May 2013
Youth Matters

Alabama 4-H Dives into Clean Water!

 


Participants in Auburn University’s Fish Camp search for aquatic insects in Saugahatchee Creek. (Credit: David Cline)

Many people do not realize Alabama is one of the states most blessed when it comes to water resources. In fact, there are 77,000 miles of streams and rivers (a length that could wrap around the Earth three times!). Alabama also has more navigable rivers and more freshwater species than any other state. Because we have so much when it comes to water, it is easy for us to take it for granted. However, we know it is our responsibility as stewards of the Earth to make sure we are not causing damage to our water resources.

Most of us feel it is also our responsibility to instill an appreciation and respect for the environment in the children and youth of our communities. This is accomplished first by setting a good example for them, and also by providing them with opportunities to gain knowledge and an understanding of the way the natural world works. Through this process, we are paving the way for younger generations to learn how to become good decision-makers, leaders and responsible community members who work to protect water and the health of Alabamians.


Alabama Water Watch staffer Eric Reutebuch gets help testing the water’s pH.

 
   

For many years, Alabama 4-H has helped to make the connection between kids and nature. 4-H members are taught how to be responsible farmers and producers through Animal Science programs and Junior Master Gardener program. Several programs are specifically focused on natural resources and the environment including Classroom in the Forest, Skins n Skulls and the Coosa River Science School, among others. Thanks to efforts like these, thousands of youth in Alabama have a greater understanding and appreciation of their environment. This year, 4-H has established a new partnership with Alabama Water Watch that will provide additional opportunities for youth to learn about water quality, the aquatic environment and to gain hands-on scientific skills in water monitoring.

Water is life. It is simply logical that we place a great importance on understanding water, how we can protect it, use it wisely and restore waterbodies that are in trouble. In order to achieve any or all of these goals, we need experts such as scientists and engineers, who can search for new technologies and ways of doing things. Equally important are citizens who can make good educated decisions for themselves and their communities regarding water resources.

For more than 20 years, the Alabama Water Watch program has been educating the general public about the importance of water and how each of us can play a role in its protection. By teaching citizens to do simple water tests that produce credible data, AWW has empowered people throughout the state to make a difference in their local communities by teaching others about water quality, working to make improvements to water quality where it is needed and protecting healthy watersheds. As a result, there are nearly 6,000 citizens who have been certified as AWW water monitors, over 800 waterbodies that have been tested by volunteers and over 72,000 AWW water data records to help us know if Alabama’s waters are getting better or worse and why.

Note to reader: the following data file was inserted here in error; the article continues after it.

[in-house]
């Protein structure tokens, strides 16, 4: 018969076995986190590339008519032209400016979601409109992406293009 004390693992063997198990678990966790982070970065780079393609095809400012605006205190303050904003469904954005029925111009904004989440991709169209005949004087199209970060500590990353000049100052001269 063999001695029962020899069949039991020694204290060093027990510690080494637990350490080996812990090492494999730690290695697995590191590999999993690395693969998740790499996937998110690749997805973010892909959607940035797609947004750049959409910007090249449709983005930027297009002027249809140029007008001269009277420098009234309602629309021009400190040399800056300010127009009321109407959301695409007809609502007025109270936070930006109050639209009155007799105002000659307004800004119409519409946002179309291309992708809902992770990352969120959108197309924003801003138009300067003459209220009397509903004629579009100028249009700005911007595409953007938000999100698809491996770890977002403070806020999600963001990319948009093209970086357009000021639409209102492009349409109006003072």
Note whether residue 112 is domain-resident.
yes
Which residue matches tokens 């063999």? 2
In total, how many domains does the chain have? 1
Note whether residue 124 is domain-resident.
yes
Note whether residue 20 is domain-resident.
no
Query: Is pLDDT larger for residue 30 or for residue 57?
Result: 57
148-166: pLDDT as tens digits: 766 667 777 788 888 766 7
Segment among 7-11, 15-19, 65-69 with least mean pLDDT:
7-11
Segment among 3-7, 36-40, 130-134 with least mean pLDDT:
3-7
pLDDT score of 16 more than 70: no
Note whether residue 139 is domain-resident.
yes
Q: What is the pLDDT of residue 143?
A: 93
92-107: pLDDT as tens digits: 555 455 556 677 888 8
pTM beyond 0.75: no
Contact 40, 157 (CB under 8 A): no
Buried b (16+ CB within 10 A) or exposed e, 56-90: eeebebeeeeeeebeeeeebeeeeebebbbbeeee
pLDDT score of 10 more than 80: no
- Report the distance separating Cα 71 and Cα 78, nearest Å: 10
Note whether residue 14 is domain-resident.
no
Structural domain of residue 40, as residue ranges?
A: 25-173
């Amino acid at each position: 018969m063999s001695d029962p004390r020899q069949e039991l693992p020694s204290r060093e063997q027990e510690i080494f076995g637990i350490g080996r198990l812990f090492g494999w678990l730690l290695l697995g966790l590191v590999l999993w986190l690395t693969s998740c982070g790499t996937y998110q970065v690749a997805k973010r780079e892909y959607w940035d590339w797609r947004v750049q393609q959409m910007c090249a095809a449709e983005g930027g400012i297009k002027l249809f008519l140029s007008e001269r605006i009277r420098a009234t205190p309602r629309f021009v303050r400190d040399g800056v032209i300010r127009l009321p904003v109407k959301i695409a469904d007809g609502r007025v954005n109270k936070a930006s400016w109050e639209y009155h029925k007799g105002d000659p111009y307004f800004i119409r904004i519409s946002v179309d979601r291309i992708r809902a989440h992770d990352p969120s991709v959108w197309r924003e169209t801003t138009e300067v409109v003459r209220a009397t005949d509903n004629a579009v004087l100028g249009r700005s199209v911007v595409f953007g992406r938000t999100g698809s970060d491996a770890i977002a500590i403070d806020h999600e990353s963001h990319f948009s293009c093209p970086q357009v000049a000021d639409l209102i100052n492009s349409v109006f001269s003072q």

Students have fun testing the hardness of a stream.
 

 


During the 2013 Extension Youth Day, Mona Dominguez, 4-H/AWW staff, introduces 4-Hers to macro-invertebrates. (Credit: Alabama Cooperative Extension System

Throughout the years many educators have used AWW monitoring techniques and the AWW Aquatic Science curriculum Exploring Alabama’s Living Streams. Educators have collaborated with AWW on various outreach events and projects to bring water science to life for their students. By involving kids in water monitoring activities, an educator can show them that science can be fun, and students can become more confident in their abilities to do science. One study showed that Alabama students who were taught with the EALS curriculum, along with the Classroom in the Forest program, over a 4-year period increased their Stanford Achievement Test scores from 50-70 percent.

 


                      Crawfish encounter!

The 4-H/AWW partnership will allow for the development of an official program focused on kids, water quality and water monitoring. Adult AWW volunteers will have the opportunity to share their passion for clean water with 4-H members all over the state, which exemplifies the 4-H vision of having "a world in which youth and adults learn, grow and work together as catalysts for positive change."

4-H members who participate will have the knowledge, tools and motivation to teach their friends and family about water quality and how they can protect it. They will learn, no matter how young or old we are, we can do something to make a difference! By working through the well-respected Alabama 4-H network including excellent 4-H and Alabama Cooperative Extension System staff and caring adult volunteers, this partnership will have a positive impact on our precious water resources and on Alabama’s most important treasure, our children!

If you would like to learn more, visit www.alabamawaterwatch.org or call the AWW office at 888-844-4785. Sign up for a water monitoring workshop today!

Mona Scruggs Dominguez is with Alabama Water Watch and 4-H & Youth Development of Alabama Cooperative Extension System at Auburn University.